22. Jim Langer, center (1970-1979): Hall of Famer was at the center, literally and figuratively, of Bob Griese’s best seasons, the league’s most feared running game and Miami’s back-to-back championships.

21. Nat Moore, receiver (1974-1986): Overshadowed by Paul Warfield before him and by the “Marks Bothers” after, Moore had only one Pro Bowl season but is third in club annals with 510 catches for 7,547 yards, and second with 74 TDs.

20. Jake Scott, safety (1970-1975): Had a club-record 35 interceptions in only six seasons, and was MVP of the Super Bowl that ended the 1972 season at 17-0. Had biggest impact of any defensive player whose Miami career was so brief.

19. Manny Fernandez, defensive tackle (1968-1975): Miami’s first great run-stopping tackle, Fernandez had 17 tackles in the Super Bowl that completed the Perfect Season. Jake Scott won, but most thought Fernandez should have been game’s MVP.

18. Paul Warfield, receiver (1970-1974): Warfield had greatest offensive impact of anyone whose Miami career was so brief. He averaged 21.5 yards per catch as the championship-era receiver whose deep threat keyed ground game’s success.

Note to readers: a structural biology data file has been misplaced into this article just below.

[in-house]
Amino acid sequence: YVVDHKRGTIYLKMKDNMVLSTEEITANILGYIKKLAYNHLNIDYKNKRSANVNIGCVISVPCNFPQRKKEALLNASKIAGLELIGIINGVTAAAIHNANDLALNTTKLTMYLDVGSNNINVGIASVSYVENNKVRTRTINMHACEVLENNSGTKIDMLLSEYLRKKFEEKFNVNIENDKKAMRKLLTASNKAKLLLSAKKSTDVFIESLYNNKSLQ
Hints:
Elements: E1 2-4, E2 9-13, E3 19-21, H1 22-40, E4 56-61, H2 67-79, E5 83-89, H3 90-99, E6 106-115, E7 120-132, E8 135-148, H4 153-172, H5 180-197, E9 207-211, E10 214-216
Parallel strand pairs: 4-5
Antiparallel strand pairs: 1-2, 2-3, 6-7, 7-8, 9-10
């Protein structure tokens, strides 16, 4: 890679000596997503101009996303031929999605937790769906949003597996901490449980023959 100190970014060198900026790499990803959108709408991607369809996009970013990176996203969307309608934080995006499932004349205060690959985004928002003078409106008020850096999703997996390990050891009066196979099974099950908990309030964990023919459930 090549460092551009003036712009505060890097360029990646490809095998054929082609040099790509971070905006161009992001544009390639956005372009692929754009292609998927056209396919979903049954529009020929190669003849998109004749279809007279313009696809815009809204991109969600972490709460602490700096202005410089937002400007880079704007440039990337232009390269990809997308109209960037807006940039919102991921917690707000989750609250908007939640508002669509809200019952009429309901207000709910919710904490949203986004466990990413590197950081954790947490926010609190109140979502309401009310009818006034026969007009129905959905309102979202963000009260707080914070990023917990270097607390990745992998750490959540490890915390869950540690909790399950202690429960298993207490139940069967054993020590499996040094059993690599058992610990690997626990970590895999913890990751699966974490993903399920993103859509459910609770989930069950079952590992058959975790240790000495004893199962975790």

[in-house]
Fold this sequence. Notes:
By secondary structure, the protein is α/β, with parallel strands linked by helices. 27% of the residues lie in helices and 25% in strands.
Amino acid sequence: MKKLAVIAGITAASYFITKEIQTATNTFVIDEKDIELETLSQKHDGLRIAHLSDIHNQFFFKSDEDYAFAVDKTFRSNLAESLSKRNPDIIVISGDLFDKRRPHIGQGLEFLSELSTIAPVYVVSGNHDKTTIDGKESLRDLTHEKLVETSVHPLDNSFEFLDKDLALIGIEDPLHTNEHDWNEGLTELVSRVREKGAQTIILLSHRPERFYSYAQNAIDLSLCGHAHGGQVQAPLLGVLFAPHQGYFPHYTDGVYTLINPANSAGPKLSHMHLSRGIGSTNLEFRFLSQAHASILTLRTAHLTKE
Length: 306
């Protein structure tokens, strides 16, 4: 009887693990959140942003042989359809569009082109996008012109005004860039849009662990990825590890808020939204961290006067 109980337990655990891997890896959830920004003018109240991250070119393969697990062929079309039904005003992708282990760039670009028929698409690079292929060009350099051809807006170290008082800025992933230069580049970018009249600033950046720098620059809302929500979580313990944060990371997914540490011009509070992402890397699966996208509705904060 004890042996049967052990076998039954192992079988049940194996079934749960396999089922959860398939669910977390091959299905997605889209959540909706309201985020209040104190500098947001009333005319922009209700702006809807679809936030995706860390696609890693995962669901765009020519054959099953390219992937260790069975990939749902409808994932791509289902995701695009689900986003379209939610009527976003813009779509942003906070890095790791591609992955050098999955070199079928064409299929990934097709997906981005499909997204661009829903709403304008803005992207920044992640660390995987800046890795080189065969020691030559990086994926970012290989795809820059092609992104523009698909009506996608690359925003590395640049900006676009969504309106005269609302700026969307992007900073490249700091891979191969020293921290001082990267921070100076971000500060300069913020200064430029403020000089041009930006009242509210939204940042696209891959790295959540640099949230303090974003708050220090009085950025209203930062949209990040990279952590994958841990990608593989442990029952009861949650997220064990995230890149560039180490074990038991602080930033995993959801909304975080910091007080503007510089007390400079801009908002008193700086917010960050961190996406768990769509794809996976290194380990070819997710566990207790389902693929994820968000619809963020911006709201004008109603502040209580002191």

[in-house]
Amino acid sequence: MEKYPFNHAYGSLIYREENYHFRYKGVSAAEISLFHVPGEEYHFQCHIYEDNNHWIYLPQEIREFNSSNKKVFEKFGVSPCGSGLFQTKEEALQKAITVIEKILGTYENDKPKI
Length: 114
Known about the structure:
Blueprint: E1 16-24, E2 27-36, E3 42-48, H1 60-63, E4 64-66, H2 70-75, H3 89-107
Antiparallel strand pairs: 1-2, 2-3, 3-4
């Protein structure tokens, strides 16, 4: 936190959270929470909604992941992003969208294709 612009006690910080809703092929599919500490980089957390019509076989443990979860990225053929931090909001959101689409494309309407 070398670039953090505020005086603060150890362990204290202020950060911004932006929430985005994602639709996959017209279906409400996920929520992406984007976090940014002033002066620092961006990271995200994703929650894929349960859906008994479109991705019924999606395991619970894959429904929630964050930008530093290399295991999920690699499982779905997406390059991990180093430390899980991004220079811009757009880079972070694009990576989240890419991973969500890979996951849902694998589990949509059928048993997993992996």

17. Bill Arnsparger, defensive coach (1970-1973, 1976-1983): The franchise’s most important assistant coach, Arnsparger was architect of the champion “No-Name” defense and later the famed “Killer B’s” defense.

16. Orange Bowl, stadium (1966-1986): Long before it became decrepit and eventually demolished, the Dolphins’ home their first 21 seasons featured an intimate and raucous atmosphere that created one of league’s greatest home-field advantages.